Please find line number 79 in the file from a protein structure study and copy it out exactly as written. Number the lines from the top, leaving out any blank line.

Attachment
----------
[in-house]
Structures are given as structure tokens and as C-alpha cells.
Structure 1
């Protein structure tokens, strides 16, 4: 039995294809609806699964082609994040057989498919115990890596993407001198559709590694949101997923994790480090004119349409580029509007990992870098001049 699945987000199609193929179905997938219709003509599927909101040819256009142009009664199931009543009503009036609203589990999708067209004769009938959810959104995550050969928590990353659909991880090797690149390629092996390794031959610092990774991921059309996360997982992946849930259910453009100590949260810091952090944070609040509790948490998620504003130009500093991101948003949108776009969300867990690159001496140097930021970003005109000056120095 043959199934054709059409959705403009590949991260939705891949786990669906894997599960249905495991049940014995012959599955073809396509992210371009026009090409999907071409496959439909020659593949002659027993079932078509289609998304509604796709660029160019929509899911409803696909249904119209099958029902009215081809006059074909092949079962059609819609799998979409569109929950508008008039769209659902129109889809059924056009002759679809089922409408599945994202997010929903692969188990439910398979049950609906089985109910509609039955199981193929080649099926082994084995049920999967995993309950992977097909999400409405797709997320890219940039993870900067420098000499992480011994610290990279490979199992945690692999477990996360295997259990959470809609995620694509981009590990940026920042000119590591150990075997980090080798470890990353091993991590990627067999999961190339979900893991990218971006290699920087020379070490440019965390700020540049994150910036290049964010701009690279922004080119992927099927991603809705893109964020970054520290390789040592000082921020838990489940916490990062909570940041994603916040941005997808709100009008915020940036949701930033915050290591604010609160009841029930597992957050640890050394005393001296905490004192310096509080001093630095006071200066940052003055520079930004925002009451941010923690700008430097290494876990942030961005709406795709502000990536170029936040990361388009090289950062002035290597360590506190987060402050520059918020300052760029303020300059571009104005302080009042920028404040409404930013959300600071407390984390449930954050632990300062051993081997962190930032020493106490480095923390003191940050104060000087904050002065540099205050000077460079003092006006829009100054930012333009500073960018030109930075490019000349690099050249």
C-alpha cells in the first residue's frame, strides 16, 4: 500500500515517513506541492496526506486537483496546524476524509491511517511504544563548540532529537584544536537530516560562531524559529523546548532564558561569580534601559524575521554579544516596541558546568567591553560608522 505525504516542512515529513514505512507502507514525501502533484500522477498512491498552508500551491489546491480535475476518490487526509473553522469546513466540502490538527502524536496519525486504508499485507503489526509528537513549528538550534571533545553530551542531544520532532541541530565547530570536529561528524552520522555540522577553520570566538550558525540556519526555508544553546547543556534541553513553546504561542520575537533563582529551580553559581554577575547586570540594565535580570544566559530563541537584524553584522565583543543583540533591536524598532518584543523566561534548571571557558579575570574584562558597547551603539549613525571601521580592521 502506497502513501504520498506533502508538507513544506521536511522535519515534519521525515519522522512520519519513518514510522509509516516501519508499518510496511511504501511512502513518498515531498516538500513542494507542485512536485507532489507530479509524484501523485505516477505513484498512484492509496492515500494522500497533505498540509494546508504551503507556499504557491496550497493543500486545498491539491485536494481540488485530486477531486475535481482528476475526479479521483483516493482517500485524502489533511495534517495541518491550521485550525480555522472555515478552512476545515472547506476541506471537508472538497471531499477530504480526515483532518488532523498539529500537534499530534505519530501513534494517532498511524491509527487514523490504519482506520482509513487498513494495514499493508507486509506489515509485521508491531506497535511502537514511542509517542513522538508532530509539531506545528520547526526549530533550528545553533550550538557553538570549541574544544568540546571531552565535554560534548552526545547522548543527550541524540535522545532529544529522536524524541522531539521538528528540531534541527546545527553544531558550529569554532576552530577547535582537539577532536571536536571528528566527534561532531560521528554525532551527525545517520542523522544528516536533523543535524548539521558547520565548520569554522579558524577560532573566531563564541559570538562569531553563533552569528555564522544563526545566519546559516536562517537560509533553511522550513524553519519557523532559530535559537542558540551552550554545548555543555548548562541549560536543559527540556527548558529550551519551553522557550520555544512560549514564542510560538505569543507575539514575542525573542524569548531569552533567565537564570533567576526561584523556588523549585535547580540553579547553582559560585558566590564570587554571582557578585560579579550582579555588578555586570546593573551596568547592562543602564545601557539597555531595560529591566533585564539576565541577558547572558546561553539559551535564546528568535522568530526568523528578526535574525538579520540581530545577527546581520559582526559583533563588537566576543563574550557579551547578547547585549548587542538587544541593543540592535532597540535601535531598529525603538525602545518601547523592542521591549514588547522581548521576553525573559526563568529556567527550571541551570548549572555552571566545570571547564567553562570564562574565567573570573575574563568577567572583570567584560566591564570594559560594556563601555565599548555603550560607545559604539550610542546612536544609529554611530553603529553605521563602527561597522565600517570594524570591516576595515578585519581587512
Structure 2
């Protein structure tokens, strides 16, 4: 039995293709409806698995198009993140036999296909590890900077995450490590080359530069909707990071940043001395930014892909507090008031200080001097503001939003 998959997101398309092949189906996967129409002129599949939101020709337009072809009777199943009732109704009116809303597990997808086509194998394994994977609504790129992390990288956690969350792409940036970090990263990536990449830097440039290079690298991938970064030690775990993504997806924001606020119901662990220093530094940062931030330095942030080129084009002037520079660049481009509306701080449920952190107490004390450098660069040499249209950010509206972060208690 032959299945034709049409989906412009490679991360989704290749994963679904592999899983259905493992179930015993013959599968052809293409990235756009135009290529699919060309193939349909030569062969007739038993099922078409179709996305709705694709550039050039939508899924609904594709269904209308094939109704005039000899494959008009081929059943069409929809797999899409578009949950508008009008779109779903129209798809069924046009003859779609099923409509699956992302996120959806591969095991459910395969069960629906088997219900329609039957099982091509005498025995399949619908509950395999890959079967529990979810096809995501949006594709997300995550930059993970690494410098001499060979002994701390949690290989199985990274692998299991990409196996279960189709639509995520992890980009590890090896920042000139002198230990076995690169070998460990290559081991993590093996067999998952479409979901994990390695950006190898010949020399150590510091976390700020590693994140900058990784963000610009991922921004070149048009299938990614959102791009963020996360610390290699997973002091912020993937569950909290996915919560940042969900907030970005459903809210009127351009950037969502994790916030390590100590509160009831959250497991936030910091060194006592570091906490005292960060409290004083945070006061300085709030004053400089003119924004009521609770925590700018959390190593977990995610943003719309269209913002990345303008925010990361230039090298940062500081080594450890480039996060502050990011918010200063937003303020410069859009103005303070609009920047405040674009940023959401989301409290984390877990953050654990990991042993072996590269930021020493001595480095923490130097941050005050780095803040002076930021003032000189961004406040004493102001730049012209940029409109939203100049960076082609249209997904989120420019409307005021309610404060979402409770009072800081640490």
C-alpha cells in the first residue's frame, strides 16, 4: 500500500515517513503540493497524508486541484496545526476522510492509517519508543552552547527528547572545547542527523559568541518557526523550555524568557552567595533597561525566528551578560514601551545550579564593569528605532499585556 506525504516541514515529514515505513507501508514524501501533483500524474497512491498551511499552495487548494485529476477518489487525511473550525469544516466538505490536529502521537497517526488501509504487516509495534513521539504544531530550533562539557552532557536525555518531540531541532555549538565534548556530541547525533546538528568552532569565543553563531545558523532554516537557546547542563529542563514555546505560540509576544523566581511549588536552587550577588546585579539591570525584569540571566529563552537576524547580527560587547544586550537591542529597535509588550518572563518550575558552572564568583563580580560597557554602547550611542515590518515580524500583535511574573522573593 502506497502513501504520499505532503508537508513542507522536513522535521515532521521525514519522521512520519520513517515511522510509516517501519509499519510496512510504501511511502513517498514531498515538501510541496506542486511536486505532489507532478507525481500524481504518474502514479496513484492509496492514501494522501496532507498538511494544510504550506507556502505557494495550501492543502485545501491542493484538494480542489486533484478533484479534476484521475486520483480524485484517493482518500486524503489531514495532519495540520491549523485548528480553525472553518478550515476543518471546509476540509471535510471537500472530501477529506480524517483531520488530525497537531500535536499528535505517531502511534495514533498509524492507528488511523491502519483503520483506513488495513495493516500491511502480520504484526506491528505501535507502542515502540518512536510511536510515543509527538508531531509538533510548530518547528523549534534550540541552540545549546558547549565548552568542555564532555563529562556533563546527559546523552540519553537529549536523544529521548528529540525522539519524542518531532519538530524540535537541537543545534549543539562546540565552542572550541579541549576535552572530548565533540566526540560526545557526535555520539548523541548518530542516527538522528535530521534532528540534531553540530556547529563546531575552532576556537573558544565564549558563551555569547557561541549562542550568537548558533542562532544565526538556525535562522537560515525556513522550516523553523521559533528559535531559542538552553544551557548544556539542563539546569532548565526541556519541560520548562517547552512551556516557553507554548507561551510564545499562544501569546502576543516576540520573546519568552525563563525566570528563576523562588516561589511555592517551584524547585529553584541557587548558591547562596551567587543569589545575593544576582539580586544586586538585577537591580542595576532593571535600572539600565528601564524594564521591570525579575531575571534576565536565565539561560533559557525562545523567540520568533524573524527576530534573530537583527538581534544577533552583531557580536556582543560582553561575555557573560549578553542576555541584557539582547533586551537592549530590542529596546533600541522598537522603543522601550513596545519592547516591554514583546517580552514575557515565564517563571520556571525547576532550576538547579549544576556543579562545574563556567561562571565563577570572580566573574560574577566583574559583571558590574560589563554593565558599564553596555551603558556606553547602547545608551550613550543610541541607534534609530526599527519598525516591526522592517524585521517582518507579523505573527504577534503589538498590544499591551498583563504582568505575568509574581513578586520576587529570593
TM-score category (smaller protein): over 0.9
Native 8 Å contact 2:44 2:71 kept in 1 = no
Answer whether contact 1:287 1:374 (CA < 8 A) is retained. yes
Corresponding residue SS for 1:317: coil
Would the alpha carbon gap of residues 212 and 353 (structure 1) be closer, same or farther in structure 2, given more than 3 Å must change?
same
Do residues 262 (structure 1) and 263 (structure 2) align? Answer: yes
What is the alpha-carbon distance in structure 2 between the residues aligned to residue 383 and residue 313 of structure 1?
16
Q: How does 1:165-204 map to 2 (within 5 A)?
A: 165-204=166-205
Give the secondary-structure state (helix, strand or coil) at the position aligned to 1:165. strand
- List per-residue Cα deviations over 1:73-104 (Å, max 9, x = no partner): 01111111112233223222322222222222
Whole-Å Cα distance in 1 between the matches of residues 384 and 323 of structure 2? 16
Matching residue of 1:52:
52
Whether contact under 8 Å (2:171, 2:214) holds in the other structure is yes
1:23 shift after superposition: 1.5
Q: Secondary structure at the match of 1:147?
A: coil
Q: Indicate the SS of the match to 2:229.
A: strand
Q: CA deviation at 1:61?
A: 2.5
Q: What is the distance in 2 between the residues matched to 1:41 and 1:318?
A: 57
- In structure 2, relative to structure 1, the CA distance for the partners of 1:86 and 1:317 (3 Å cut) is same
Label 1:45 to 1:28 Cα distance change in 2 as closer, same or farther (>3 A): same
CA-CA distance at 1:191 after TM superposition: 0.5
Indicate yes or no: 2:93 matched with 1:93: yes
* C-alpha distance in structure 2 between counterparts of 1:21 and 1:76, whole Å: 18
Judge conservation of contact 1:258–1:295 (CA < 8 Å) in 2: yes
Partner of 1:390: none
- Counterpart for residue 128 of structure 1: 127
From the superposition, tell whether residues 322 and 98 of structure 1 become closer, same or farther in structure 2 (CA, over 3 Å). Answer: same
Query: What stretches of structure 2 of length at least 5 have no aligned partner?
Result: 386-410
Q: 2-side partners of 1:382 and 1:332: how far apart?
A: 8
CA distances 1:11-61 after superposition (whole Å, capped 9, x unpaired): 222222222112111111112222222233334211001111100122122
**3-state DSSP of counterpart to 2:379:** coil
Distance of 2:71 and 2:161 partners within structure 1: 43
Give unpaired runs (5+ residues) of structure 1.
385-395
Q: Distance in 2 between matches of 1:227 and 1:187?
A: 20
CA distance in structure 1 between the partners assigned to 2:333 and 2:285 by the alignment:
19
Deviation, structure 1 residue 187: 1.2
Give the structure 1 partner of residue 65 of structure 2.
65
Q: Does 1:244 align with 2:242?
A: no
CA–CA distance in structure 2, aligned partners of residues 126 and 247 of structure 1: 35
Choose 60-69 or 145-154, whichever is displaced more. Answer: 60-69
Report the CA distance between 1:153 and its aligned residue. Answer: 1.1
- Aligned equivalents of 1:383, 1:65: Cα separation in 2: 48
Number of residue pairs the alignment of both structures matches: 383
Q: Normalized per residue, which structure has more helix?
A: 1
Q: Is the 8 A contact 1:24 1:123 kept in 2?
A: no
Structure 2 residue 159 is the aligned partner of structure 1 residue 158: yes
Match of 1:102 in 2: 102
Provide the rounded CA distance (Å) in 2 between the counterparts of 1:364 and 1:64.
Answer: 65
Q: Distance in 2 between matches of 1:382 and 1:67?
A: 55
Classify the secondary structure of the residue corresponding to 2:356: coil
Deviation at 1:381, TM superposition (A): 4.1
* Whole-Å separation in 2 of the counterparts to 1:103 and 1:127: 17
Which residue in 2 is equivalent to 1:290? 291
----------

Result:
* Whole-Å separation in 2 of the counterparts to 1:103 and 1:127: 17